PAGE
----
A survey released by Roy Morgan in November shows the proportion of drivers requiring their main vehicle to be serviced or repaired three or more times a year has declined from 30.5% to just 18.4% in the past 11 years, according to Roy Morgan’s latest vehicle servicing survey data.
As vehicles become more reliable, the percentage of drivers requiring two or fewer services or repairs a year has correspondingly increased from 69.5% to 81.6% over the same period (see chart below).
Maintenance costs are an important consideration for Fleet Managers when budgeting and developing Whole of Life Cost models. Traditionally the Fully Maintained Operating Lease (FMOL) provided by leasing companies helped organisations manage the unexpected costs associated with poor vehicle reliability. With more reliable vehicles the need for Fleet Managers to outsource maintenance risk is reduced.
Motorists continue to show a preference for dealer-run service centres when their vehicle is new or near- new, with a tendency to shift to local garage service centres as the vehicle ages. This transition is most pronounced at the five-year mark, when many factory warranties or lease-hold agreements expire.
Norman Morris, Roy Morgan Industry Communications Director, commented that “Vehicle servicing is becoming less frequent, which presents a problem for companies whose main revenue streams are derived from servicing work. This is a trend that is widely predicted to continue as the vehicle fleet gradually transitions from traditional petrol and diesel vehicles to new- generation hybrid or electric vehicles.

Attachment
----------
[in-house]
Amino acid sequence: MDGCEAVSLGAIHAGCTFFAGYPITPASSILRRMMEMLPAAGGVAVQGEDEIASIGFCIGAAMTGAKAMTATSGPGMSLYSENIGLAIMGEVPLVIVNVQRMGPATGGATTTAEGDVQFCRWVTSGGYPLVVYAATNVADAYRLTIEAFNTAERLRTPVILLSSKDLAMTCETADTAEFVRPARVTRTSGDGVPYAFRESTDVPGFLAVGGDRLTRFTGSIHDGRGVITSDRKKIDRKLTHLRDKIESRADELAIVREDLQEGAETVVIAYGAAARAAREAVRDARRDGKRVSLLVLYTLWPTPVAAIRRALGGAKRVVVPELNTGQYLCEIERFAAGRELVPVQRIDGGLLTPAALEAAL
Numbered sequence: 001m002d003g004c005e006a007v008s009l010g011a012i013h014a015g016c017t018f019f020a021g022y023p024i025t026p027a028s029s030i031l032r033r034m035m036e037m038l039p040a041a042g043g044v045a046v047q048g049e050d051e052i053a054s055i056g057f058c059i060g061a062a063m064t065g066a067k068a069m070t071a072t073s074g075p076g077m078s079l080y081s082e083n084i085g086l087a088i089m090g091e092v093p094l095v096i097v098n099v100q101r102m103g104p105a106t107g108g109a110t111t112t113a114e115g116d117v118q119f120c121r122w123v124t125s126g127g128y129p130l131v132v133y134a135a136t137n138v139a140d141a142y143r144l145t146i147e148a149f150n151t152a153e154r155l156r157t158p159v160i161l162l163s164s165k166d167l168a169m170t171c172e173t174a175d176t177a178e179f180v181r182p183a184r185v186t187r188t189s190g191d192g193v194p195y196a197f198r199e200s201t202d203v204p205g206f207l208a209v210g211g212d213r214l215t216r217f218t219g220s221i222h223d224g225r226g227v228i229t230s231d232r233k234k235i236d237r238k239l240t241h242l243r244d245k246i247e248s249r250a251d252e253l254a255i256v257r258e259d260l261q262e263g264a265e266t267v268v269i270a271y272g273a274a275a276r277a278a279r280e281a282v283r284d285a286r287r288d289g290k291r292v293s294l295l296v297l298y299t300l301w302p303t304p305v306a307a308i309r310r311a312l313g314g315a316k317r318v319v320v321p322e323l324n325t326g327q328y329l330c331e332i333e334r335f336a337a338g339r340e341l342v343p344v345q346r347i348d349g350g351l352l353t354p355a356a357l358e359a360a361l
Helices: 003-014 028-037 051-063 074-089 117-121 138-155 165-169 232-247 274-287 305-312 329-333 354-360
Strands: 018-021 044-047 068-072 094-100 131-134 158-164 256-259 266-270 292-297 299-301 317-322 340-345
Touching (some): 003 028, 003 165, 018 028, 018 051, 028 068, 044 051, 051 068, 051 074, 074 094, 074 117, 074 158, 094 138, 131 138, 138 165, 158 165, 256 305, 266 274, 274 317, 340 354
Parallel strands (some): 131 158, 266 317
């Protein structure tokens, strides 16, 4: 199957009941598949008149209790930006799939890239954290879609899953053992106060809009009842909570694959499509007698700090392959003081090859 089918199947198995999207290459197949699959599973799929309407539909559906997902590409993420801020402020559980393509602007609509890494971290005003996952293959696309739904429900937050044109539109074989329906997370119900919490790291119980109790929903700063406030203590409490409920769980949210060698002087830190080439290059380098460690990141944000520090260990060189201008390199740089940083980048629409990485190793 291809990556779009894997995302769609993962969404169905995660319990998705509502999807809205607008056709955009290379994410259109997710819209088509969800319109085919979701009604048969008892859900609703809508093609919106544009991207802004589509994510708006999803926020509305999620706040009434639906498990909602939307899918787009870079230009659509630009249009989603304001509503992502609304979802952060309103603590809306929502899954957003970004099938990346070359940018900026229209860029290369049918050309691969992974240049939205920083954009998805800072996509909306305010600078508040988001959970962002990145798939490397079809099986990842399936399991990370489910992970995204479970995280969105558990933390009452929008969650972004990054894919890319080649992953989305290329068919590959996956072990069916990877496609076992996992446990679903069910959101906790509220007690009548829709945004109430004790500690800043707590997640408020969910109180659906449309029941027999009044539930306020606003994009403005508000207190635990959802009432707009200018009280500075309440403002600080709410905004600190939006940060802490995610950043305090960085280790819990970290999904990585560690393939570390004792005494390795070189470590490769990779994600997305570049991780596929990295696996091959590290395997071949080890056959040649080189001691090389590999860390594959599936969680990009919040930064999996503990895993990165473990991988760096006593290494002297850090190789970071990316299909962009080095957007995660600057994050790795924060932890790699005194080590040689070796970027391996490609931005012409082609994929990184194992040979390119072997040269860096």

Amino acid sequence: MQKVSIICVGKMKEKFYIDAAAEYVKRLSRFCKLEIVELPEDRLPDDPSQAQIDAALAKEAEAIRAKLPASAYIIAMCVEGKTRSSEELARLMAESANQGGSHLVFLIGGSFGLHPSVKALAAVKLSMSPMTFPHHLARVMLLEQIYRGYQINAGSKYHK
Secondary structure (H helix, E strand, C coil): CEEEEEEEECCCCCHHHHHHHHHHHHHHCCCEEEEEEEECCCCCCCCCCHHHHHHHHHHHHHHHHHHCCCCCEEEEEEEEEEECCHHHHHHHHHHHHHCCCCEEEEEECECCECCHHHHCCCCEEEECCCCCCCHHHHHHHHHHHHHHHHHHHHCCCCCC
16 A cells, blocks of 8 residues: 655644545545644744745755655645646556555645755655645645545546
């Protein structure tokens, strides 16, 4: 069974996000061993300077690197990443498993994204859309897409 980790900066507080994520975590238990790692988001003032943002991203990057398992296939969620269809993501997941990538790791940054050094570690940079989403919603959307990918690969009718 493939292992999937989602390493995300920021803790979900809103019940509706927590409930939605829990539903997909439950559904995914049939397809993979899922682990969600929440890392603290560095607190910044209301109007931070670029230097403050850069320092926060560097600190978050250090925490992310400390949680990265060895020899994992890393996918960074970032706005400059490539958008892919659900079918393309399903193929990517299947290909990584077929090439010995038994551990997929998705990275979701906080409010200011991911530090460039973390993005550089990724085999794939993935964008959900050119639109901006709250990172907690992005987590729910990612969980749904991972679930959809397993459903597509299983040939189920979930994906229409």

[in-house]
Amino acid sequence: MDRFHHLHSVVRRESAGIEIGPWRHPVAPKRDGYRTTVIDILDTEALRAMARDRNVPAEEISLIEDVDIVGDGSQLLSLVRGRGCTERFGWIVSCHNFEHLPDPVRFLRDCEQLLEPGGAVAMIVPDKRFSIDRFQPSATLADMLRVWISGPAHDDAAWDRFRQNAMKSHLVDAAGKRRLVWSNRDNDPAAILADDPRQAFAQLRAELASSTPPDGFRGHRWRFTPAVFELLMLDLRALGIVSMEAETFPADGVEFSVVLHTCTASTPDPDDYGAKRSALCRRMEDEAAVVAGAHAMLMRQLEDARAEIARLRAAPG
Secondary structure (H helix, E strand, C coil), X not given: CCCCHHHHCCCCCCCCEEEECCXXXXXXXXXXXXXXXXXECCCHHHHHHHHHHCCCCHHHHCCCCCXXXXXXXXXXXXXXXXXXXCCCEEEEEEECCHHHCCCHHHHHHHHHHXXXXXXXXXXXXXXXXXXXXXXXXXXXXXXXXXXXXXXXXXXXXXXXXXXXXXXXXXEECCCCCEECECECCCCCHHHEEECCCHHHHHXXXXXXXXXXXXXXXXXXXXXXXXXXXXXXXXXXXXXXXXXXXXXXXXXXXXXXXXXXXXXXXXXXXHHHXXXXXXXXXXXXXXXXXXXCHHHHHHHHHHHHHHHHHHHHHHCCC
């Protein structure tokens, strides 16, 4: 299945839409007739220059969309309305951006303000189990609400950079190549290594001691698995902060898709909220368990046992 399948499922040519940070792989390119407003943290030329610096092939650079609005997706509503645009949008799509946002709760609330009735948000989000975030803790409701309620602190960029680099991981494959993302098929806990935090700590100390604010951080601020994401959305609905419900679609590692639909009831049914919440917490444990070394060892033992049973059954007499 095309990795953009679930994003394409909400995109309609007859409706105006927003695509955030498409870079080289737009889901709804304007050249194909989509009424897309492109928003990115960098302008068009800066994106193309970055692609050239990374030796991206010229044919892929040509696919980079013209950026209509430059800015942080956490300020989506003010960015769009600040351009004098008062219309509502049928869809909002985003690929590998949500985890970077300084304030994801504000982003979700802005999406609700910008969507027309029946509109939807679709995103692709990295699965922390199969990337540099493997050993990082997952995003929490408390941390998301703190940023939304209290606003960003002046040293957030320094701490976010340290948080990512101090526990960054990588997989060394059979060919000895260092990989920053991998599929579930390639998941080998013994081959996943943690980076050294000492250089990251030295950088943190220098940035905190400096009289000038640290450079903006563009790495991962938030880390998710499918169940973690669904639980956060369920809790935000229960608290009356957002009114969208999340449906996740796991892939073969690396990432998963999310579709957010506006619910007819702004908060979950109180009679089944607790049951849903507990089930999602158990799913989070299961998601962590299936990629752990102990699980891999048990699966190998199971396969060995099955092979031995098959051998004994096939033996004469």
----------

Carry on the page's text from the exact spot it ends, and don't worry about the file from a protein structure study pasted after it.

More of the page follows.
“For dealers, the importance of servicing has a second dimension – it is their best means of forging and maintaining a relationship with their customers.
“Although there is a clear move away from dealer-run service centres when a vehicle reaches five years of age, it’s important to remember that often that vehicle will not be owned by the original purchaser – many leasehold customers, or those who value having a late-model vehicle with a dealer warranty, become the next wave of new-car buyers.
When it comes to driver satisfaction with various types of service centre, there is little difference between the various categories of dealers and local garage/workshops. Service centres that rate most highly include ‘Dealer selling makes other than my own’ (89.5%), ‘Local garage/workshop (not petrol station)’ (88.7%) and ‘Dealer who sold me my vehicle’ (88.3%) (see chart below).
Mobile mechanics were less popular, with an average total satisfaction rating of 79.0%, and tyre specialists and auto-electricians were less popular again, rating 77.5% and 75.6% respectively.
The latest auto servicing data is collected as part of Roy Morgan’s Single Source survey, via in-depth, personal interviews conducted face-to-face with over 50,000 Australians per annum in their own homes, including 12,295 who rated their satisfaction level with various kinds of service centres.